E-certificates to curb violations

BBMP to issue Occupancy Certificates in DigiLocker to prevent use of forged documents

Days after BBMP’s assistant director of town planning was caught accepting a bribe of Rs 20 lakh from a businessman, the civic body has become alert. Besides suspending the junior officer, the civic body has transferred at least 15 engineers from the department. Officials now plan to use the DigiLocker facility to issue an occupancy certificate (OC) to eliminate the use of forged documents while obtaining services from other departments. Civic activists, however, wonder what stops the BBMP from putting all types of building approvals including plan sanctions, commencement certificate (CC) and OC in the public domain.

“In the near future, we will start issuing commencement certificate (OC) and occupancy certificate (OC) by making use of the DigiLocker facility. This will ensure that the property owner will not be able to obtain services from BESCOM and BWSSB etc by providing manual documents,” N. Manjunath Prasad, BBMP Commissioner said. “We have already digitized the process of getting building plan approvals. This is working fine,” he added.

Officials believe routing all documents from one department to the other through DigiLocker will eliminate the use of forged documents to obtain civic services. Although the occupancy certificate is a must for all buildings, many low-rise buildings including commercial establishments — which are less than 15-metres in height — are able to get water and electricity connections without submitting the OC.

Citizen groups, civic activists and builders, however, say that the use of DigiLocker in itself will be of no or little use as long as there is human interaction.

“Just building online applications does not help. Other than uploading documents, the rest of the procedure involves human interaction. And that’s where corruption takes place,” said a Bengaluru-based builder. He said the system should be modelled around Income Tax filing. “The IT Department picks up random cases to scrutinise returns unless there are complaints. Something similar should be done in this case,” he said. He added that just like Chartered Accountants are held responsible when there are IT violations, architects should be held accountable for building violations.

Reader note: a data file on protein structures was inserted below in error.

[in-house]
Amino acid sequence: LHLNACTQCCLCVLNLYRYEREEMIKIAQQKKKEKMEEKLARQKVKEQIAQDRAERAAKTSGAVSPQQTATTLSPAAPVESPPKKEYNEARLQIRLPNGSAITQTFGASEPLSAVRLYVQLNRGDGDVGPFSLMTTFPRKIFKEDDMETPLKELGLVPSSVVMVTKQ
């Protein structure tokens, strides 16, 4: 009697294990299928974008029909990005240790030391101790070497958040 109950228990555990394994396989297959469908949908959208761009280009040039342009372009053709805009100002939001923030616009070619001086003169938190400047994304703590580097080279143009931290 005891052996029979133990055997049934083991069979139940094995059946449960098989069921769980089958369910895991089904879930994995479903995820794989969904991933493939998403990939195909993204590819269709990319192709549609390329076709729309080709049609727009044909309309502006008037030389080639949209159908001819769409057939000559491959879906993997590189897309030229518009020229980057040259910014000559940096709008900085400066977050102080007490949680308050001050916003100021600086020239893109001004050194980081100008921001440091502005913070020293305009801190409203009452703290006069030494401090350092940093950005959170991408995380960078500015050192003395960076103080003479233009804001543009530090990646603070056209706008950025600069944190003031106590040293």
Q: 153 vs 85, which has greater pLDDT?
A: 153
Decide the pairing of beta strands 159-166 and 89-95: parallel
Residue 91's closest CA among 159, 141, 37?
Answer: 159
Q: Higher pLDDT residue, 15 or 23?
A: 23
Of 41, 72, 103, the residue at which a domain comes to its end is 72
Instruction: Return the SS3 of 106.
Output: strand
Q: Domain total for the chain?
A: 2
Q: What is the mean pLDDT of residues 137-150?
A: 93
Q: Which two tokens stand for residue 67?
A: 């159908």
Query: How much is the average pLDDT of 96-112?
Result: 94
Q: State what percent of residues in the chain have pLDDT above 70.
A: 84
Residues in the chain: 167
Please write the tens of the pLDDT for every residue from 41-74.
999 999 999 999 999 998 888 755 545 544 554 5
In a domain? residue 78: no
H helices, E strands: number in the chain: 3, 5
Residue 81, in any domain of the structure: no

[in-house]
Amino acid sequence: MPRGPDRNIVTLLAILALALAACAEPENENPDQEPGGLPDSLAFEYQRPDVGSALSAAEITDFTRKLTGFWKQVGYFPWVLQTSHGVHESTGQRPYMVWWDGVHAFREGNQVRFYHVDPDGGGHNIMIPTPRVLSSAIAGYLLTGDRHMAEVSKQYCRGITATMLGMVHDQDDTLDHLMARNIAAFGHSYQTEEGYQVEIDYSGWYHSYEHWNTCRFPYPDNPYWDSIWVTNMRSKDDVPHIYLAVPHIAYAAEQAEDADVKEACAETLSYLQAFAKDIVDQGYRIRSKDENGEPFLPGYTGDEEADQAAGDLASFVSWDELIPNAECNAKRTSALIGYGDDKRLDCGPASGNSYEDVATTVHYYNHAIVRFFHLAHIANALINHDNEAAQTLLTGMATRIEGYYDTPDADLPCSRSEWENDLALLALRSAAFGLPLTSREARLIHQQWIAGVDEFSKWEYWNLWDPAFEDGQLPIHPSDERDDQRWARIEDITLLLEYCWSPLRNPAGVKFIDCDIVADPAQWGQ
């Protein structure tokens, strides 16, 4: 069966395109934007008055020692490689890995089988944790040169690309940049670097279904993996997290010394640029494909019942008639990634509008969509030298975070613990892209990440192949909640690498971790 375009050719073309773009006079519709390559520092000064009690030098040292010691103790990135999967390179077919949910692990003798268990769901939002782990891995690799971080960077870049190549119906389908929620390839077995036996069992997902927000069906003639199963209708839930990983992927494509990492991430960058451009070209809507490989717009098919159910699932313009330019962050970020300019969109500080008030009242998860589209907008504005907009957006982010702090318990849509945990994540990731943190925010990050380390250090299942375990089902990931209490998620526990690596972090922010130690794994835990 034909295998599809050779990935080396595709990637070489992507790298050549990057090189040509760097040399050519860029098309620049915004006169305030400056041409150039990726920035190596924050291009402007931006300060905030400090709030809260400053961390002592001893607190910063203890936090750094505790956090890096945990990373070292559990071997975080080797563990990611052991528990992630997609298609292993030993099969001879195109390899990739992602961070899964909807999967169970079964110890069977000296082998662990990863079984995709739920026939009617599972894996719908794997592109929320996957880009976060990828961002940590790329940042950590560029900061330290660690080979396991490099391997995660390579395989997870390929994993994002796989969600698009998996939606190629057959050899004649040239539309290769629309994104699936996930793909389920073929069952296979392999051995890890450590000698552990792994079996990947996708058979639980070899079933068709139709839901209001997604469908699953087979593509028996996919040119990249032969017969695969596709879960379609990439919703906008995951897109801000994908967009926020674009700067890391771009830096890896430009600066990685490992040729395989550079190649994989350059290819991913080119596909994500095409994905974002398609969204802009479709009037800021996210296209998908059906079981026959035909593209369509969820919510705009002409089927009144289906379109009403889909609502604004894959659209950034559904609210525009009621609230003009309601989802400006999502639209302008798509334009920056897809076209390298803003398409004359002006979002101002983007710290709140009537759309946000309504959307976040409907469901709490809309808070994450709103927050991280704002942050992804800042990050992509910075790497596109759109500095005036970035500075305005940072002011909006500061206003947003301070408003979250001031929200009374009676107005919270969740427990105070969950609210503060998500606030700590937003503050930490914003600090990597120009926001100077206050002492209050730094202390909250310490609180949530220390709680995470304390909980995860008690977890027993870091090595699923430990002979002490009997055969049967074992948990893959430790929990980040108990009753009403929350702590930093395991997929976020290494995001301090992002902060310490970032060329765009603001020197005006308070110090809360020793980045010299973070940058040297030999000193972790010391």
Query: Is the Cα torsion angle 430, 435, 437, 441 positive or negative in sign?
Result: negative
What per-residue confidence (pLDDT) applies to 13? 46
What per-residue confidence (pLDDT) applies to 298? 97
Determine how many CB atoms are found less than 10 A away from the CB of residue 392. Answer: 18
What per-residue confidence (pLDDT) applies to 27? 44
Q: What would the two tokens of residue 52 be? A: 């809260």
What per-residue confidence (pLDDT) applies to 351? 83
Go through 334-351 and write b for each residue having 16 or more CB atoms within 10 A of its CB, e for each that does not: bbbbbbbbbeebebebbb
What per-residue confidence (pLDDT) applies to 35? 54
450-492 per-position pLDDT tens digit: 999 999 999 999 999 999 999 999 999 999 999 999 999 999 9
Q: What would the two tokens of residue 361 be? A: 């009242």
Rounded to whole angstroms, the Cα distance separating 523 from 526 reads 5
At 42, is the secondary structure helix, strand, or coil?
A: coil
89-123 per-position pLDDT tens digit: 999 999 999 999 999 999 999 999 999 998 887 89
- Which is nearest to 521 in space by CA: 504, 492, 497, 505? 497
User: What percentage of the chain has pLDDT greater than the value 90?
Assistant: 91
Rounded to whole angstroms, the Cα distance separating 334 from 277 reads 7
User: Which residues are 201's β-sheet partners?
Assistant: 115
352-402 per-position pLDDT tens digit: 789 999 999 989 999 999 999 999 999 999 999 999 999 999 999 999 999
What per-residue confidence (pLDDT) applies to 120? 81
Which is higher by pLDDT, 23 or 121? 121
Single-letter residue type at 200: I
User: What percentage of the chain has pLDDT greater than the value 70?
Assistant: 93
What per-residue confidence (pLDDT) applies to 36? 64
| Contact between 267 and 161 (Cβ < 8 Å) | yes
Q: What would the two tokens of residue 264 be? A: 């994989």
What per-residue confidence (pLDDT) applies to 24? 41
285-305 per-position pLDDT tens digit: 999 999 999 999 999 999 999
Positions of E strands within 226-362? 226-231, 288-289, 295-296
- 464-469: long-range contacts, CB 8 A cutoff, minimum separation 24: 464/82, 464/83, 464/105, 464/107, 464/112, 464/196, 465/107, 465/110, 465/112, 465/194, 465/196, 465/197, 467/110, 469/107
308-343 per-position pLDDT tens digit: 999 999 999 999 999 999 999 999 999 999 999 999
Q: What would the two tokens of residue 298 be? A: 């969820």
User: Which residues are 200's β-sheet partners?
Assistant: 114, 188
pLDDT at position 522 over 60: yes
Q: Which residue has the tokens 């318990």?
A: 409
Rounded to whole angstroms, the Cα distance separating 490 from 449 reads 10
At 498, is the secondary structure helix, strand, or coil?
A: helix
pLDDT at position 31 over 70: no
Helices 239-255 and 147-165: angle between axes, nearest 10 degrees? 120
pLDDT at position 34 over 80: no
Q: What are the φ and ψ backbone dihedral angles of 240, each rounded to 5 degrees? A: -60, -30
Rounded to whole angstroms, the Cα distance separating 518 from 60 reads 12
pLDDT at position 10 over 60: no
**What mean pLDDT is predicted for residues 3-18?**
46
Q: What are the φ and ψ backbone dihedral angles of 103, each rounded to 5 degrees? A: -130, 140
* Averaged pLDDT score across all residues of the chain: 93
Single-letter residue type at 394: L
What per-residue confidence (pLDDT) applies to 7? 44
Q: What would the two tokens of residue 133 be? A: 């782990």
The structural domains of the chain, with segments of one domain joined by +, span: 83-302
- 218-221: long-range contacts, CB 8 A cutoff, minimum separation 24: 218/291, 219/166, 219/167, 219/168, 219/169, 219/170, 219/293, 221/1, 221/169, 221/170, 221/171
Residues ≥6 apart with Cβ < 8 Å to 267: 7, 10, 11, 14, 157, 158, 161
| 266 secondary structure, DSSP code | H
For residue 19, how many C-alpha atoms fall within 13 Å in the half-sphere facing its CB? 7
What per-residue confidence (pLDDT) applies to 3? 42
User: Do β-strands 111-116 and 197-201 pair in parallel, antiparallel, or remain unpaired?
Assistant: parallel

RTI activist BH Veeresh said building violation scams are estimated to be valued at around Rs 2,000 crore a year. “From officials to elected representatives, everyone stands to benefit from this scam. The least BBMP can do is put out all building approvals on its website. Citizens should be able to keep a check on whether the building, being constructed in their neighbourhood, follows the sanctioned plan or not. This could help in reducing the extent of corruption,” he said.

Currently, building approvals such as plan sanction, commencement certificate or OC are not easily accessible. Citizens say the Right to Information (RTI) has been their only recourse to enquire about building violations. The delayed response, they say, makes it difficult to stop the construction midway.

According to Vijay Reddy, president of the Langford Gardens Residents’ Welfare Association, “We made a complaint before the joint commissioner, the commissioner and then with the administrator that an under-construction building in our locality was violating the sanctioned plan by 55 per cent. None of the senior officials made any attempt to stop the construction. The zonal officials did not disclose the sanctioned plan to us when we visited the office. We had to obtain it through RTI.

While the property owner had permission to construct only G+4, he is currently building seven floors, including the basement. Even the setback rules have been violated,” he added. The association is currently planning to file a public interest litigation (PIL) in the High Court and also file a case with the Lokayukta.

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Sagar Biswas

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